Embracing Imperfection while Celebrating the Pursuit of Liberty

Celebration of American independence must always have been fraught with complexity and inner turmoil. Our forebears sought a response to the British tyranny of that era, but, having spent all their days as subjects of that crown, they could not have had much knowledge of what life without tyranny might mean*. Our forebears sought to create a “more perfect union,” but they did not create a perfect union, nor have we perfected it with any of the changes we made, in the more than 200 years of our nation.

Harper's Weekly Covering the triumph of the passage of the 13th Amendment. Source: LOC

Harper’s Weekly Covering the triumph of the passage of the 13th Amendment. Source: LOC

We have certainly tried. We have tried through giving voting rights to the landless, the abolition of slavery, reconstruction of the South following the Civil War, women’s suffrage, our many attempts to improve our immigration system, affirmative action, hate crime statutes, and other attempts to reduce the harms of racism, the granting of choice to women, our steps to make sure all may access health care, and most recently, marriage equality and other steps to enfranchise the LGBT community. These have all made our land a better and freer land. Sometimes, they were unalloyed good. More often, they were imperfect attempts.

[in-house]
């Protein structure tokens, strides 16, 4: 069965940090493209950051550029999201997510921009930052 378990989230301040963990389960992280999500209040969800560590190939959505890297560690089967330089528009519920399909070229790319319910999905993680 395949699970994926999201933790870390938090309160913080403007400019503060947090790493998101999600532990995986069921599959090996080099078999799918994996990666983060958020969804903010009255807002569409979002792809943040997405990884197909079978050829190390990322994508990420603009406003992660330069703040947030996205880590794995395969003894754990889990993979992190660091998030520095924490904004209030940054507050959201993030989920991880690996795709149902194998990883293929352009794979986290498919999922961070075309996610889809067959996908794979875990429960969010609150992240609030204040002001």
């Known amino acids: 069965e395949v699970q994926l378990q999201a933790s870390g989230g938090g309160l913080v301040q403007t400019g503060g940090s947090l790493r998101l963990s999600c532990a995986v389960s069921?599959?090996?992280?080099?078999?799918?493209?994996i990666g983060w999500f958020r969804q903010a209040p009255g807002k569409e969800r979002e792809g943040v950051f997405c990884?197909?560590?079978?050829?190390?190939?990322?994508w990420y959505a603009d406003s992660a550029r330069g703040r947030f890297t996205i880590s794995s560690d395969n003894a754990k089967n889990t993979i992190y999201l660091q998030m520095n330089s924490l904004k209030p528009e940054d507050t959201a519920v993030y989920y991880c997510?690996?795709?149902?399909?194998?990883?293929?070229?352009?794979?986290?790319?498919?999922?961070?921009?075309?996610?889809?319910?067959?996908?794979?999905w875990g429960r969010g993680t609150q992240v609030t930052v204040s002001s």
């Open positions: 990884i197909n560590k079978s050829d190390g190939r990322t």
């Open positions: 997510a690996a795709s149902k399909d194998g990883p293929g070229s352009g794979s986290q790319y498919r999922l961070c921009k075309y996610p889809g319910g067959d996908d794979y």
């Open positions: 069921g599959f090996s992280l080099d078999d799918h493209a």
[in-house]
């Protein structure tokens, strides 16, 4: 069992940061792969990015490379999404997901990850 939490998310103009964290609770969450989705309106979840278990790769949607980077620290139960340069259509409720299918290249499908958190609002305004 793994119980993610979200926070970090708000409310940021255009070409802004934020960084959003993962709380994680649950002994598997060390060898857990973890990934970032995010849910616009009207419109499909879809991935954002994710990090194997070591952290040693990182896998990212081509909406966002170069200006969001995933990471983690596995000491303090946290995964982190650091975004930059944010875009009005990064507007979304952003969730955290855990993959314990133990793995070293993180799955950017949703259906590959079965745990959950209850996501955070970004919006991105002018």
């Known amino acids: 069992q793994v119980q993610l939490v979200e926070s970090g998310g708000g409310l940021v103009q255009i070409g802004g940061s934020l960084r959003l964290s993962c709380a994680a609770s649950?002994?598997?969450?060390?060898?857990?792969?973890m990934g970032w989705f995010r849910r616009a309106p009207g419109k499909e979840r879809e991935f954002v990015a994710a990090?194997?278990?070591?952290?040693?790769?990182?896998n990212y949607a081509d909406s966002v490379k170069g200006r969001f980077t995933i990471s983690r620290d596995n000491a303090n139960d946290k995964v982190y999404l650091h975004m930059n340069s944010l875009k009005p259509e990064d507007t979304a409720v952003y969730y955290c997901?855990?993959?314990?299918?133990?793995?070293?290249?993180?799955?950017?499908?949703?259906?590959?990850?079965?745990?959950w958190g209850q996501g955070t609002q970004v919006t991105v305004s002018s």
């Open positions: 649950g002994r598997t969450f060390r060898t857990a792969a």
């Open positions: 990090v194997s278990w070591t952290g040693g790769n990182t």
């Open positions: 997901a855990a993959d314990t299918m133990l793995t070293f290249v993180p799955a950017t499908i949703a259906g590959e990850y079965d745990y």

It cannot - must not - be a sign of our patriotism that we pretend that our errors were right or justified, or that we fail to analyze the weaknesses in our values and actions that led us to commit injustice. Source: Wikimedia

It cannot – must not – be a sign of our patriotism that we pretend that our errors were right or justified, or that we fail to analyze the weaknesses in our values and actions that led us to commit injustice. Source: Wikimedia

Certainly, we have failed, too, and failed not just by doing too little, but failed by refusing to do what was good and just, and by actively pursuing what was and is wrong. Failed in our treatment of Native Americans. Failed, time and time again, in our response to hate crimes, even with all the statutes we’ve put in place. Failed the Tuskegee Airmen. Failed to guarantee equal rights to women. Failed in fighting unjust wars. Failed in our reckless pursuit of the imprisonment of vulnerable populations. Failed in our systemic and reckless increasing of economic disparity. Failed in our inability to lead the world in life expectancy, and not for want of throwing money at the challenge**. Failed in our approach to terrorism. Failed by creating classes of people whose rights we refuse to recognize and pretending that this is good or true.

Interestingly, when this video is shared on Facebook, where I originally saw it, the first minute or so is usually clipped. It’s good, but it’s actually way better with that additional context.